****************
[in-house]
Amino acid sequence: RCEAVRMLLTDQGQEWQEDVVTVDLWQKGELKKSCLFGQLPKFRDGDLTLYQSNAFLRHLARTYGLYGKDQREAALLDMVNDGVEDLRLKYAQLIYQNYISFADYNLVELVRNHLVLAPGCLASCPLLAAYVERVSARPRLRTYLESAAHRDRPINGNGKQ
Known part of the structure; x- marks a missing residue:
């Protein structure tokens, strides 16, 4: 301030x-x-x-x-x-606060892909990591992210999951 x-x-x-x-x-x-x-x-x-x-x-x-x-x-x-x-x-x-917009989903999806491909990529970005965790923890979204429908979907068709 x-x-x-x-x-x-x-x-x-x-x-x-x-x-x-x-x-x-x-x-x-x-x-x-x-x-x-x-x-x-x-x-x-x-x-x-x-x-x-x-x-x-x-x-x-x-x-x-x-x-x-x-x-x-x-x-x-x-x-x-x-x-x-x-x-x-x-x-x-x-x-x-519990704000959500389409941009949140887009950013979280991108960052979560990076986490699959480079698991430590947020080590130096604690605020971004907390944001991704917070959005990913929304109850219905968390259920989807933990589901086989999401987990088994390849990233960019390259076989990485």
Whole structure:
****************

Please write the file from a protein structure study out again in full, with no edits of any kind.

[in-house]
Amino acid sequence: RCEAVRMLLTDQGQEWQEDVVTVDLWQKGELKKSCLFGQLPKFRDGDLTLYQSNAFLRHLARTYGLYGKDQREAALLDMVNDGVEDLRLKYAQLIYQNYISFADYNLVELVRNHLVLAPGCLASCPLLAAYVERVSARPRLRTYLESAAHRDRPINGNGKQ
Known part of the structure; x- marks a missing residue:
């Protein structure tokens, strides 16, 4: 301030x-x-x-x-x-606060892909990591992210999951 x-x-x-x-x-x-x-x-x-x-x-x-x-x-x-x-x-x-917009989903999806491909990529970005965790923890979204429908979907068709 x-x-x-x-x-x-x-x-x-x-x-x-x-x-x-x-x-x-x-x-x-x-x-x-x-x-x-x-x-x-x-x-x-x-x-x-x-x-x-x-x-x-x-x-x-x-x-x-x-x-x-x-x-x-x-x-x-x-x-x-x-x-x-x-x-x-x-x-x-x-x-x-519990704000959500389409941009949140887009950013979280991108960052979560990076986490699959480079698991430590947020080590130096604690605020971004907390944001991704917070959005990913929304109850219905968390259920989807933990589901086989999401987990088994390849990233960019390259076989990485």
Whole structure: